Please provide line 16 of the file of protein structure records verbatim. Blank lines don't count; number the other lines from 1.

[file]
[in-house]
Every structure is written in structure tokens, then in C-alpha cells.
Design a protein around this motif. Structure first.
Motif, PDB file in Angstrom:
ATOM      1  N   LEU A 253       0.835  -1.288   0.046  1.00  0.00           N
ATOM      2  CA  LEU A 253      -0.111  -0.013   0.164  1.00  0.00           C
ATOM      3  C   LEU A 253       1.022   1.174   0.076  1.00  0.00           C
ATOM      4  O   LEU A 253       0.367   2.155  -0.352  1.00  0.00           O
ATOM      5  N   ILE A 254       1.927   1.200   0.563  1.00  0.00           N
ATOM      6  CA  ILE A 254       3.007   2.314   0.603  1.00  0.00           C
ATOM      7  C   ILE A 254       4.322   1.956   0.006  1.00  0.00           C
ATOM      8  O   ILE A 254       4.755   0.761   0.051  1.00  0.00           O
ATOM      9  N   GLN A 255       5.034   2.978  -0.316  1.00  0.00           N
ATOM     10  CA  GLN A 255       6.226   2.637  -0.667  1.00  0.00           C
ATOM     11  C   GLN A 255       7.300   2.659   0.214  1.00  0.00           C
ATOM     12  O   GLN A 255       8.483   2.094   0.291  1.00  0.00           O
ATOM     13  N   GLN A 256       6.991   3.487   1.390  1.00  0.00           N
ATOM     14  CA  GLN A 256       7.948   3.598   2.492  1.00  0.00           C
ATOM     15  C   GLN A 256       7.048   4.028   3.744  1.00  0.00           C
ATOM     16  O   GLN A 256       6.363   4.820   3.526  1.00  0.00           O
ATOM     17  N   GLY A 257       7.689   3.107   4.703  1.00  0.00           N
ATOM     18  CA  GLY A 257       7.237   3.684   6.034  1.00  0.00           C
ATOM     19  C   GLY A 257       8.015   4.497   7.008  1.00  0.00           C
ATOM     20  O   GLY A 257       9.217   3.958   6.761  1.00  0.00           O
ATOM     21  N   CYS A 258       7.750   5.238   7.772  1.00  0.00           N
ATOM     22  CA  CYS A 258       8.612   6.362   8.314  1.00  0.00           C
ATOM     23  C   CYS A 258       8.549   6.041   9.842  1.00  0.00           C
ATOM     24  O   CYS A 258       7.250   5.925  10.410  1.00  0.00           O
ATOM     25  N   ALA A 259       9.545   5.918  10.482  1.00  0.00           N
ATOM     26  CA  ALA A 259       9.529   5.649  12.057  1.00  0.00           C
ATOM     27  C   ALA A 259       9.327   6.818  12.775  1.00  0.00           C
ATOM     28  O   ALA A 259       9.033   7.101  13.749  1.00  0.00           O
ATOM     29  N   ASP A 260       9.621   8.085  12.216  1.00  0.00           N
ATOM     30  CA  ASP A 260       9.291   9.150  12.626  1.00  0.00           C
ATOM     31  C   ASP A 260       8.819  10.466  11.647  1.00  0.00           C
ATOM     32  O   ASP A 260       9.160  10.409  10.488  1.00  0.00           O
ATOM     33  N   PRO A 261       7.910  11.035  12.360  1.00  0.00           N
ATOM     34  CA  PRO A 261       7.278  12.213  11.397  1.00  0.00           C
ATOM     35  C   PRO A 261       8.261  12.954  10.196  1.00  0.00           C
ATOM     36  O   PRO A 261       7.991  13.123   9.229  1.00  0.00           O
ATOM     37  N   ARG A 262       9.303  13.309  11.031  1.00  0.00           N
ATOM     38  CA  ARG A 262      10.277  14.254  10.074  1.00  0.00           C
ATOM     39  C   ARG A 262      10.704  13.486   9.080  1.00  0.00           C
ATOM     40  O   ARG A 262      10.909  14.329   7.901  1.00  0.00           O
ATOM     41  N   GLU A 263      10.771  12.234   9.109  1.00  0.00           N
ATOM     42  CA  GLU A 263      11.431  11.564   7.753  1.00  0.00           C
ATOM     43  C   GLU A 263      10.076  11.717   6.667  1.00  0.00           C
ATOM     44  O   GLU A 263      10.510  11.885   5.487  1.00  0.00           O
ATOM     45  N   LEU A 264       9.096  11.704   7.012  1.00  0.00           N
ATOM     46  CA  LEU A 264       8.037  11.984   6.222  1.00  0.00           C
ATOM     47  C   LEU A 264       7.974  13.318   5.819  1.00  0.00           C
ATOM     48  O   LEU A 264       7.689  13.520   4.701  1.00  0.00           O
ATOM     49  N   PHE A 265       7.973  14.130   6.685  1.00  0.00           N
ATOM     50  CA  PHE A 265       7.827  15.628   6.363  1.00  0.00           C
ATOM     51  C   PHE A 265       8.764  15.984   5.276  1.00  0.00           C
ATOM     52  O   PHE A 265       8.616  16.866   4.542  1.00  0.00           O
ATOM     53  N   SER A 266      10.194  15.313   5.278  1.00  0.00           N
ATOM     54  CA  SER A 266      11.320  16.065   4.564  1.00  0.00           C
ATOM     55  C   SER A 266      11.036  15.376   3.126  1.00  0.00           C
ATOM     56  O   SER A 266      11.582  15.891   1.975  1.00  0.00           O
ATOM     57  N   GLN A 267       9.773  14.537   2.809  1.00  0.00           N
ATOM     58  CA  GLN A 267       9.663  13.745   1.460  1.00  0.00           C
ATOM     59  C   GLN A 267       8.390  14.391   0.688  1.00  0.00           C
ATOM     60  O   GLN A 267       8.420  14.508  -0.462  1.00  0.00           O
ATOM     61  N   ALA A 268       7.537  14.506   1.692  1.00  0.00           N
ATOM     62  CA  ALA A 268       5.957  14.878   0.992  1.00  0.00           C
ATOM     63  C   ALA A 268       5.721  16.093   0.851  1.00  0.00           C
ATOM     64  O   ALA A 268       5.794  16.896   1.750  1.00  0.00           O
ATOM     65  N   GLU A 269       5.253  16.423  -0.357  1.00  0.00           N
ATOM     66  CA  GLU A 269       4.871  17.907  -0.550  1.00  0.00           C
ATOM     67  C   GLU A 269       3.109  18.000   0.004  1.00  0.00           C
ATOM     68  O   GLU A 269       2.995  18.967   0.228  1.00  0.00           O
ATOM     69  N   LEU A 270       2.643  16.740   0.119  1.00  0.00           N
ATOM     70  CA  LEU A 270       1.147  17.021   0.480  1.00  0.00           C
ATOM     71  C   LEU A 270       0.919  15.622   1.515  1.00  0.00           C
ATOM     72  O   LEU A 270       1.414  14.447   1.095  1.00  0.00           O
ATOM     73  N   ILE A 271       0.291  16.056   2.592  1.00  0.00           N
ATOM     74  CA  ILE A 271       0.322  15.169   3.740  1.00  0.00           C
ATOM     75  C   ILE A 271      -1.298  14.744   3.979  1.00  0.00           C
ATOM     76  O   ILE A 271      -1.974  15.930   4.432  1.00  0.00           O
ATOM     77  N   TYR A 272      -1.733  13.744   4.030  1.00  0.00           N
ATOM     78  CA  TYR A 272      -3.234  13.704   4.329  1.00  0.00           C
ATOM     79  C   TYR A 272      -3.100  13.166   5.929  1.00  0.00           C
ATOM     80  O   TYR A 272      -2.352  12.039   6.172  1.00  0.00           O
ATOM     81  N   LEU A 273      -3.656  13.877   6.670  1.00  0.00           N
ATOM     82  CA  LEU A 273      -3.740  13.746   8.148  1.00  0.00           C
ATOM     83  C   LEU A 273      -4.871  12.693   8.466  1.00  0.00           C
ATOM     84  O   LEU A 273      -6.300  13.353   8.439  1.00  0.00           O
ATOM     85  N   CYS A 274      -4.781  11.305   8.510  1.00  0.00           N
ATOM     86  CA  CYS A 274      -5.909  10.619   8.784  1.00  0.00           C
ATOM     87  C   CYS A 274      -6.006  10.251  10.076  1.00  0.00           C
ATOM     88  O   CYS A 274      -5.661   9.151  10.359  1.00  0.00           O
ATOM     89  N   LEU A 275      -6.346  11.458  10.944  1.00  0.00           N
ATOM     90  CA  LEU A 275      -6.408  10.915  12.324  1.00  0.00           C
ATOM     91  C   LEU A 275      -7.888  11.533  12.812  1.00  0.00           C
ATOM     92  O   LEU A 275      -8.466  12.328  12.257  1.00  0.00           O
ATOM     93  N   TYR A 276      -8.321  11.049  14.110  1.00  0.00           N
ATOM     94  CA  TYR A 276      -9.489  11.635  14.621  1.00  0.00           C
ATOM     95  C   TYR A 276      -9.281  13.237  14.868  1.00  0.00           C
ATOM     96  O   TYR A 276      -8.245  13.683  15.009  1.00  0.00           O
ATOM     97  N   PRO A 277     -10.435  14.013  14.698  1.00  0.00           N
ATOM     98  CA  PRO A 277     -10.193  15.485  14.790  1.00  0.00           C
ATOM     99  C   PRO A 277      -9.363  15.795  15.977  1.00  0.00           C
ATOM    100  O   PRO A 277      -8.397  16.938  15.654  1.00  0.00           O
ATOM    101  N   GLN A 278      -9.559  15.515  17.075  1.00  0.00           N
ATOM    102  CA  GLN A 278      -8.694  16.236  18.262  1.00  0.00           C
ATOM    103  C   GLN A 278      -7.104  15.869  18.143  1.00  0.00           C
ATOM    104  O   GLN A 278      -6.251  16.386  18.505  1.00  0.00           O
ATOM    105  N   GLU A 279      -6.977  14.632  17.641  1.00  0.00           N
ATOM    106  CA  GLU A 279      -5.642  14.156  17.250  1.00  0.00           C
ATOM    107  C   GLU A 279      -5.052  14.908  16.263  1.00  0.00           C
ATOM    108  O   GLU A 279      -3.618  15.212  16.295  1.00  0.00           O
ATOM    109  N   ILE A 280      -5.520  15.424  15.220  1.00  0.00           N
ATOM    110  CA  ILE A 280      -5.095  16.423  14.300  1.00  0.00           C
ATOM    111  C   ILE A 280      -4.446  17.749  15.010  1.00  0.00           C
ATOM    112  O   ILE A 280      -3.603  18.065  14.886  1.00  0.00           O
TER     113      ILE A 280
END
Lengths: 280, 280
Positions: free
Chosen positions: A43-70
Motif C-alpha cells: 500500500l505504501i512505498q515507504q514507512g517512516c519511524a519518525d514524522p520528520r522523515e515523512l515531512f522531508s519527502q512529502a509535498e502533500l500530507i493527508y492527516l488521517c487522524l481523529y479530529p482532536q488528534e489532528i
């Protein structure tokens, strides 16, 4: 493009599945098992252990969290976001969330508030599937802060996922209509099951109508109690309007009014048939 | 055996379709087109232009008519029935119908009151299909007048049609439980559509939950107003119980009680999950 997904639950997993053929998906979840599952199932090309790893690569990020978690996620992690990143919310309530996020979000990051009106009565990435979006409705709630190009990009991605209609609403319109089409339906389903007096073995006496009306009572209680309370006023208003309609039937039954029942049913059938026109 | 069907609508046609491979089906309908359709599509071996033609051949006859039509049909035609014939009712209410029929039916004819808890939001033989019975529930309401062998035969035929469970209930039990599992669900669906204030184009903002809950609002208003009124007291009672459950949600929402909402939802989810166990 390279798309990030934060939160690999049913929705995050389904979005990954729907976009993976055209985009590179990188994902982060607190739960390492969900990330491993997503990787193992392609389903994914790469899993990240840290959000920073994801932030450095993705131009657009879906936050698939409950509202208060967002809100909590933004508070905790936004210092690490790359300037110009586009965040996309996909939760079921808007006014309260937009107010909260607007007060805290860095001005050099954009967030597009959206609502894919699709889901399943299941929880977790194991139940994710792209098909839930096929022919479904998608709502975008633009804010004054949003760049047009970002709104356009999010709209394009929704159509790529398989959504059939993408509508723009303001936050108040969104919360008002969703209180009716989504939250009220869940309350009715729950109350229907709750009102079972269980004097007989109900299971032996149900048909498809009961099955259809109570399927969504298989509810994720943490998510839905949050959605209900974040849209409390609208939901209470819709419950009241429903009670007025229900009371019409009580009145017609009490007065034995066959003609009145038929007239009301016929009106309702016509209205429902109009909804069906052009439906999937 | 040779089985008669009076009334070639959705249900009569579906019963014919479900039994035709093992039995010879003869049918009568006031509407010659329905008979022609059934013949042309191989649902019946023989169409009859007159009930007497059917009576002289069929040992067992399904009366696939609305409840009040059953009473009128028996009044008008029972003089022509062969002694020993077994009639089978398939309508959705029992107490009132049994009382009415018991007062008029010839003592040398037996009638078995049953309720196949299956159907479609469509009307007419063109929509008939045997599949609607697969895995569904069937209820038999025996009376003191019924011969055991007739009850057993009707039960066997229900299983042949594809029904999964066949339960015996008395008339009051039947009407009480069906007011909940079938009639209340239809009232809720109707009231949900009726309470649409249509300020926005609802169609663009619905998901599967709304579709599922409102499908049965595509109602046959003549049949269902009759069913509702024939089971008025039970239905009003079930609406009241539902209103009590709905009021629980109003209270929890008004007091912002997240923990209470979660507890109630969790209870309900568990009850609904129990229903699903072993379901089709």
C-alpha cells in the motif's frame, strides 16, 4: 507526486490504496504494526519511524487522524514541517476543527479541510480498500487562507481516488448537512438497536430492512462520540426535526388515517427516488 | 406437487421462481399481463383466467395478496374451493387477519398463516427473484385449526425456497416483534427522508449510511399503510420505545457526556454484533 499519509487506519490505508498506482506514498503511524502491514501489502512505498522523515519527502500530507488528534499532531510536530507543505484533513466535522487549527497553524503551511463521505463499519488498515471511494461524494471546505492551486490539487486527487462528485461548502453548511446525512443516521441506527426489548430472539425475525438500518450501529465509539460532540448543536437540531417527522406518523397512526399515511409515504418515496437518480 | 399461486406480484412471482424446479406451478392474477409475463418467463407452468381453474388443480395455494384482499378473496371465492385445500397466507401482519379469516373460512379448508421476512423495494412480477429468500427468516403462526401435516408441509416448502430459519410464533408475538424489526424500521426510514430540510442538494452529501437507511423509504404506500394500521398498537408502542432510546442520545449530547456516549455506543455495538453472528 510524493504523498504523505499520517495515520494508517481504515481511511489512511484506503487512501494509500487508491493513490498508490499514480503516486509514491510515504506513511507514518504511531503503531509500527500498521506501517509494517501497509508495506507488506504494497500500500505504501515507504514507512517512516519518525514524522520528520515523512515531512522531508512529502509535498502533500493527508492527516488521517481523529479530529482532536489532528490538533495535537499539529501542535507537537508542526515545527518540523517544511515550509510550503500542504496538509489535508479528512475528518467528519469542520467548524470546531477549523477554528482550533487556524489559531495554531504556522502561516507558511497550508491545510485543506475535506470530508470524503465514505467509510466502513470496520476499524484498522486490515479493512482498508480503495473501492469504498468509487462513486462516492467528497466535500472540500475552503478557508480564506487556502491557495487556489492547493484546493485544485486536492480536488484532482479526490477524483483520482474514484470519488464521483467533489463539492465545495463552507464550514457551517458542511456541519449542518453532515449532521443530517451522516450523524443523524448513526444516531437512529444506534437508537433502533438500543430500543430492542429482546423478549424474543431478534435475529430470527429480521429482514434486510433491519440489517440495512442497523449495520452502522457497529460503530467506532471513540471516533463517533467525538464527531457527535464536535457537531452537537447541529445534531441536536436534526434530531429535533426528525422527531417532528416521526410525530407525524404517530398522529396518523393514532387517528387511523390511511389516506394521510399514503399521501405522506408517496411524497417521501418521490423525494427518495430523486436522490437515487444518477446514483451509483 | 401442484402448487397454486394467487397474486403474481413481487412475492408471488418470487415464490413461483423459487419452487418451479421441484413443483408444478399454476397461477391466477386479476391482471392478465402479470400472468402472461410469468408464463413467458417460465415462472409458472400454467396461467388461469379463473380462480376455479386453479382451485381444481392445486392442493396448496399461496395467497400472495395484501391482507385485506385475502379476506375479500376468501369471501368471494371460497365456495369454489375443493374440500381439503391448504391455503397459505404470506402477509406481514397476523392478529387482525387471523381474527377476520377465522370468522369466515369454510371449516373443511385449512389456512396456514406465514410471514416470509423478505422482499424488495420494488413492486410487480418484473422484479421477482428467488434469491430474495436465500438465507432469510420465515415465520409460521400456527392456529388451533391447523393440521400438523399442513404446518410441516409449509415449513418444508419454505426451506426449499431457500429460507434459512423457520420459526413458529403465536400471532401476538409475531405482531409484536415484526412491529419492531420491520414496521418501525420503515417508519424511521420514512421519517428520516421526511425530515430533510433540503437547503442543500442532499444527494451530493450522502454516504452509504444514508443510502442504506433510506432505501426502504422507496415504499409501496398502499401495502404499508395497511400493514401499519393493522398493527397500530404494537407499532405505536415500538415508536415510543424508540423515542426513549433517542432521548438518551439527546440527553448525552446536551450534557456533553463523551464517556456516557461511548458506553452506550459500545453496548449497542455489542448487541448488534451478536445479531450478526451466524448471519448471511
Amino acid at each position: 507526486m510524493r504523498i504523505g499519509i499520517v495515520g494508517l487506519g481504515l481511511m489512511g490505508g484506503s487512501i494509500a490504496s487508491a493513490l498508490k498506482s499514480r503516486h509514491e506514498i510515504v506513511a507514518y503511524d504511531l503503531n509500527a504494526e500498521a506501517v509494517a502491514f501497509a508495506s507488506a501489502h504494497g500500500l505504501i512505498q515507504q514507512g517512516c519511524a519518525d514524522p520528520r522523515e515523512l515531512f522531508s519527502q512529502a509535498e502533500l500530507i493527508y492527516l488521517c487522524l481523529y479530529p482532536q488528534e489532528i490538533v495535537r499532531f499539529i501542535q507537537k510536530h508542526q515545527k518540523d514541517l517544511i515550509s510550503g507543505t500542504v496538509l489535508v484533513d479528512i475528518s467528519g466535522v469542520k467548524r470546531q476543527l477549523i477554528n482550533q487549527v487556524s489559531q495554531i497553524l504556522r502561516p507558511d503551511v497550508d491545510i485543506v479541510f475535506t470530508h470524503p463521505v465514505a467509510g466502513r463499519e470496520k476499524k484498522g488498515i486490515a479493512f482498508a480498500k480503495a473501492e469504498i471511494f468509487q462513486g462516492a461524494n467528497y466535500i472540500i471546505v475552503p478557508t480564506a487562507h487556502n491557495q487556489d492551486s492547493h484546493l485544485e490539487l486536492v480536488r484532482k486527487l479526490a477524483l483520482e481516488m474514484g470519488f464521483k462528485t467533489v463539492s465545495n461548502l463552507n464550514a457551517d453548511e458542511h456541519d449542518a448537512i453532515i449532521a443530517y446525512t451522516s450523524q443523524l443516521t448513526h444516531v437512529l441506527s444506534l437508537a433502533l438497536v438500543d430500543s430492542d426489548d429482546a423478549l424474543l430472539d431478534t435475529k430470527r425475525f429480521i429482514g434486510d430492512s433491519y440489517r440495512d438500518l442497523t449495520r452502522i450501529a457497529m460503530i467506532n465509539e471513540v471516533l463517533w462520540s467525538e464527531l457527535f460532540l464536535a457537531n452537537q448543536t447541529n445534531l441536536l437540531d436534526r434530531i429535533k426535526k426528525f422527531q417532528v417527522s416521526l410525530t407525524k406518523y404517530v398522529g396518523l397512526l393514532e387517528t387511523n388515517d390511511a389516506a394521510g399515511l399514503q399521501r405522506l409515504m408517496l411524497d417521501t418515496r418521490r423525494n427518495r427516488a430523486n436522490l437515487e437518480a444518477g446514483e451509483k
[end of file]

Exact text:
ATOM     12  O   GLN A 255       8.483   2.094   0.291  1.00  0.00           O